The 2016 tax filing deadline is now just one month away. Which makes it timely to point out how unfair our tax system is to middle class workers who want to prepare for their retirements. It is also timely to explain how there is a completely different set of retirement rules, far more favorable, that apply to unionized government workers.

If you are a member of the emerging “gig economy,” or a sole proprietor running a small business, or an independent contractor, and if you are reasonably successful, then you paying nearly 50% of every extra dollar you earn in taxes. The following table shows the marginal tax burden for independent contractors who earned more than $81.5K and less than $118.5K in 2015:

Marginal Tax Rate for Independent Contractors
(for 2015 earnings > $81.5K and < $118.5K)

20160301-UW-ER-TaxRates

The challenges posed by this reality bear closer examination. Let’s say, for example, that someone in this category needs to earn more money, and they have an opportunity to earn a few extra bucks by taking on a side project. For these earnings, they will pay 25% federal, 8% state, 12.4% Social Security (as employee and employer), and 2.9% Medicare. And by the way, the employee’s portion of their Social Security contribution is NOT tax deductible. What if they decide to put that money into a 401K?

According to current tax law, private sector taxpayers can only defer up to $18,000 of their income into a 401K, up to $24,000 if they are over the age of 50. Contrast this to the unionized public employee’s pension fund.

If the payments into a public employee’s retirement account exceed $24,000 per year – which they usually do – they remain tax deferred. A California Policy Center study (ref. table 4) examining 2011 compensation for City of San Jose employees showed that the average employer contribution for a police officer’s pension (not even including whatever they may have also contributed via withholding) was $53,222 in 2011, more than twice the amount they would have been able to avoid paying taxes on if they were private citizens. For San Jose firefighters it was even more, their average employer pension contribution was $62,330 in 2011. And even for the miscellaneous employees, the city’s contribution exceeded the tax deferred amount allowed private citizens, averaging $26,164 – again, not including whatever pension contributions these employees may have paid themselves through withholding. San Jose’s case is typical.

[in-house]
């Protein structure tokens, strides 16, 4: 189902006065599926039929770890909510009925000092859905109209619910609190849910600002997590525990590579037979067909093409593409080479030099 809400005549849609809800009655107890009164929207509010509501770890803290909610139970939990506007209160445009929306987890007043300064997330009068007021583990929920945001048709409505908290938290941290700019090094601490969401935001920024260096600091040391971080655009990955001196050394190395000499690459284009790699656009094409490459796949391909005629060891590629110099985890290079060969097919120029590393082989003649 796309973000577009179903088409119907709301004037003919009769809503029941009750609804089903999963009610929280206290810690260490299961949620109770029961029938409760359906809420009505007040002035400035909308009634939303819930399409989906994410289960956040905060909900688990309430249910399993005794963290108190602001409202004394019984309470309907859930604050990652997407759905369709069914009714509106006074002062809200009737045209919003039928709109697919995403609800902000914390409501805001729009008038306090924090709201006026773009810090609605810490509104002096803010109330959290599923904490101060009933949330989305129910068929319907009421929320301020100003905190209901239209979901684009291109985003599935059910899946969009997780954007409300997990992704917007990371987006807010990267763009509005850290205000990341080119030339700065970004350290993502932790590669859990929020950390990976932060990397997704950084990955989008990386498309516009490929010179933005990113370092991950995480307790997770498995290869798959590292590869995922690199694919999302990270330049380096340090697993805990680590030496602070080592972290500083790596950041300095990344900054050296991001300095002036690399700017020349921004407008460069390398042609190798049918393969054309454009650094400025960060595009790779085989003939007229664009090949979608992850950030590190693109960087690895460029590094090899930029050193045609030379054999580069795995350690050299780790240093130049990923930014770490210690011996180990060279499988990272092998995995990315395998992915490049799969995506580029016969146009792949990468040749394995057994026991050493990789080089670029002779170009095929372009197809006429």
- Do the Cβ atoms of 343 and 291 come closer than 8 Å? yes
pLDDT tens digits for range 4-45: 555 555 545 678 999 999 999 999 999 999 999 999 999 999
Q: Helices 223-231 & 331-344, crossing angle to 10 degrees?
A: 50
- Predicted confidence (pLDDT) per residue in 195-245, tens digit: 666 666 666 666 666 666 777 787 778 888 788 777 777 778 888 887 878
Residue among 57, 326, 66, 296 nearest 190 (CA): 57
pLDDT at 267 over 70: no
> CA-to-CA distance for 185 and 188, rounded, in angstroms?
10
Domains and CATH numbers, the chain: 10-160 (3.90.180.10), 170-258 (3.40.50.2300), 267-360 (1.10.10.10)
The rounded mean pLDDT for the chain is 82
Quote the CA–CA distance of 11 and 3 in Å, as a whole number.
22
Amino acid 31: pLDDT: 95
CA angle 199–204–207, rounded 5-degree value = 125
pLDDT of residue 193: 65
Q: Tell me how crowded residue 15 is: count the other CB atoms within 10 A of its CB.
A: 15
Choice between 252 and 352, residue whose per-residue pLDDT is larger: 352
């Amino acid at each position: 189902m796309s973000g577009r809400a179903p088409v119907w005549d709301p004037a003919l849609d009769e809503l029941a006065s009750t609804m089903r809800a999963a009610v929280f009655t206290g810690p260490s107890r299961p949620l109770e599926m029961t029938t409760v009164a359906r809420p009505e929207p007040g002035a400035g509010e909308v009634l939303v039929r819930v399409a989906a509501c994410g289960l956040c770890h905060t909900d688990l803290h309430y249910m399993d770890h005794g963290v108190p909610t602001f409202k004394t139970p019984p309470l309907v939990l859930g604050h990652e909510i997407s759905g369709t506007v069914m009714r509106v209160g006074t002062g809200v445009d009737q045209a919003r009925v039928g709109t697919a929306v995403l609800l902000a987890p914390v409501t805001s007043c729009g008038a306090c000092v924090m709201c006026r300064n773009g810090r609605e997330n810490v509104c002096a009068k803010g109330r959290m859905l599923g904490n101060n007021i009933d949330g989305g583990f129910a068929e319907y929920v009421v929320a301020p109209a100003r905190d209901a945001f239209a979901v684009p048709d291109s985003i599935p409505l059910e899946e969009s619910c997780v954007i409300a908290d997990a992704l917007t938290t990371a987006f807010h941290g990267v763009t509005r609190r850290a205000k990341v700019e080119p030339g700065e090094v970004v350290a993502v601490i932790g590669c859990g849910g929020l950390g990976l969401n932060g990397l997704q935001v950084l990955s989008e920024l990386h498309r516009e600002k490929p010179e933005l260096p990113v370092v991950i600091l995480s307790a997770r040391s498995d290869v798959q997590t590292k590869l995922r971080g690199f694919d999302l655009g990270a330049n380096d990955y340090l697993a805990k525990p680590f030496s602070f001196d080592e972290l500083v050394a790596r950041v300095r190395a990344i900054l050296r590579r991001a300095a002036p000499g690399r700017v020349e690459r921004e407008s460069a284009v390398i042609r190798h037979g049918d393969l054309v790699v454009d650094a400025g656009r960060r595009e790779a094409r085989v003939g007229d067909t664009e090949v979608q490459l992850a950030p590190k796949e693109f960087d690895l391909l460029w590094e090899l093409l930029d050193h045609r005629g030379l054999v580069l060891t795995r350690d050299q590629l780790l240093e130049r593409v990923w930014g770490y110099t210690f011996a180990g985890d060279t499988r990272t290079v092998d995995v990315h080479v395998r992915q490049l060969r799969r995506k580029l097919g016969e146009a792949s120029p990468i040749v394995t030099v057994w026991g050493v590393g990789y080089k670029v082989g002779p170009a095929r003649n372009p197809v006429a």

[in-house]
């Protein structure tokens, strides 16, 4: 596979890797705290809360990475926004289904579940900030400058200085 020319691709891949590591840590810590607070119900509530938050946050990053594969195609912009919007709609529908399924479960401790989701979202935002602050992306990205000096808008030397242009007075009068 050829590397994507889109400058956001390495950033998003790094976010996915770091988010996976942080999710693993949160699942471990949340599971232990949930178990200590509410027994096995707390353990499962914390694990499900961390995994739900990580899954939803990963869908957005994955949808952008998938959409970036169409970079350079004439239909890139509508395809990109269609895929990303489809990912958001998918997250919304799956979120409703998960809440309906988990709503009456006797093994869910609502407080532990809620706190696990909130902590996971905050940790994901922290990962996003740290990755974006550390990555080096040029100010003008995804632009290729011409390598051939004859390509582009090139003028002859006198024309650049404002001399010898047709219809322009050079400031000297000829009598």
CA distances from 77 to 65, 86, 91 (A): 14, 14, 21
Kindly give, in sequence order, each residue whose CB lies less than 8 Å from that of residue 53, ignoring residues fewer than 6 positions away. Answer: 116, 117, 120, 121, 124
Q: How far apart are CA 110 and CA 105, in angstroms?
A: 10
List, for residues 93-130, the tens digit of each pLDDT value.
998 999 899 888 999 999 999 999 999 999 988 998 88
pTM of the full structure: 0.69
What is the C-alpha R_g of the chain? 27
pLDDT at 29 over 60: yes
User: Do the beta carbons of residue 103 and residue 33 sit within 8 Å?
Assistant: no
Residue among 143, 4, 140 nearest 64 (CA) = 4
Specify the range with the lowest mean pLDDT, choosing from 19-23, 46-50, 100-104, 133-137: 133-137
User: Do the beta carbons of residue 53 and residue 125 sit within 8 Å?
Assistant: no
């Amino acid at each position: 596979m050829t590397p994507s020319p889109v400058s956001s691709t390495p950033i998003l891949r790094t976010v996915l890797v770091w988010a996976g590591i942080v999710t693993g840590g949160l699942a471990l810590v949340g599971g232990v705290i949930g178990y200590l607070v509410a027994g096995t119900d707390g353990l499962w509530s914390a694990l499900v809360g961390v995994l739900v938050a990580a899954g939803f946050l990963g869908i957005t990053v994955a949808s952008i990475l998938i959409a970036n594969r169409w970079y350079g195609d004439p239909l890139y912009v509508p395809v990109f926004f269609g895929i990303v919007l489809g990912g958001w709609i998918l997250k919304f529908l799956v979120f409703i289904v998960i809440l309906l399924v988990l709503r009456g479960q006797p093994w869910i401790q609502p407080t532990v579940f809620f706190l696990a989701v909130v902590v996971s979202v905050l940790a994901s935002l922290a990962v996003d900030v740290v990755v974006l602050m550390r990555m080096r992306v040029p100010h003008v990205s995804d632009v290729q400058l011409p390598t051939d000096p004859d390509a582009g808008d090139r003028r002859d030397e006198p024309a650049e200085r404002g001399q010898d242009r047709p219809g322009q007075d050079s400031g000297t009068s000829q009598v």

So why aren’t public employees paying taxes on whatever annual pension contribution they make in excess of $18,000, or $24,000, depending on their age? Because there is NO practical limit on how much can be contributed into a defined benefit plan while still avoiding taxes. The IRS created the limit on how much you can put into a 401K in order to discourage people creating “abusive tax shelters.” But they did not apply this moral standard to defined benefit pensions.

Meanwhile, there’s not only a ceiling on how much the taxpayer can put into their 401K, but, of course, there’s NO guarantee that those 401K investments will perform. When a middle class self-employed person confronts a 48.3% marginal tax rate, if they can afford it, they are pretty much compelled to put money into their 401K. Then they can watch the S&P 500 and knock on wood. Since the S&P 500 is currently at the same level it was at back in June 2014, with governments and consumers across the world engulfed in maxed-out debt which renders them unable to continue to consume at the rates they used to, and global overcapacity idling shipping from Rotterdam to the Strait of Malacca, they’d better knock very hard indeed.

As for the pension funds for unionized government workers? If they become underfunded, though faltering investment returns, or retroactive benefit enhancements, or “spiking,” private citizens make up the difference through higher taxes and reduced services.

One final injustice must be noted: Once the private sector independent contractor retires, if they’re lucky they’ll collect around $25,000 per year in exchange for a lifetime of giving 12.4% of their gross income to the Social Security fund. And if that, plus their S&P 500 savings account’s 2.5% per year dividend income isn’t enough to live on, they’ll have to keep working. But wait! If that work earns them more than $15,710 per year, their Social Security benefit is cut by $1.00 for every $2.00 they make.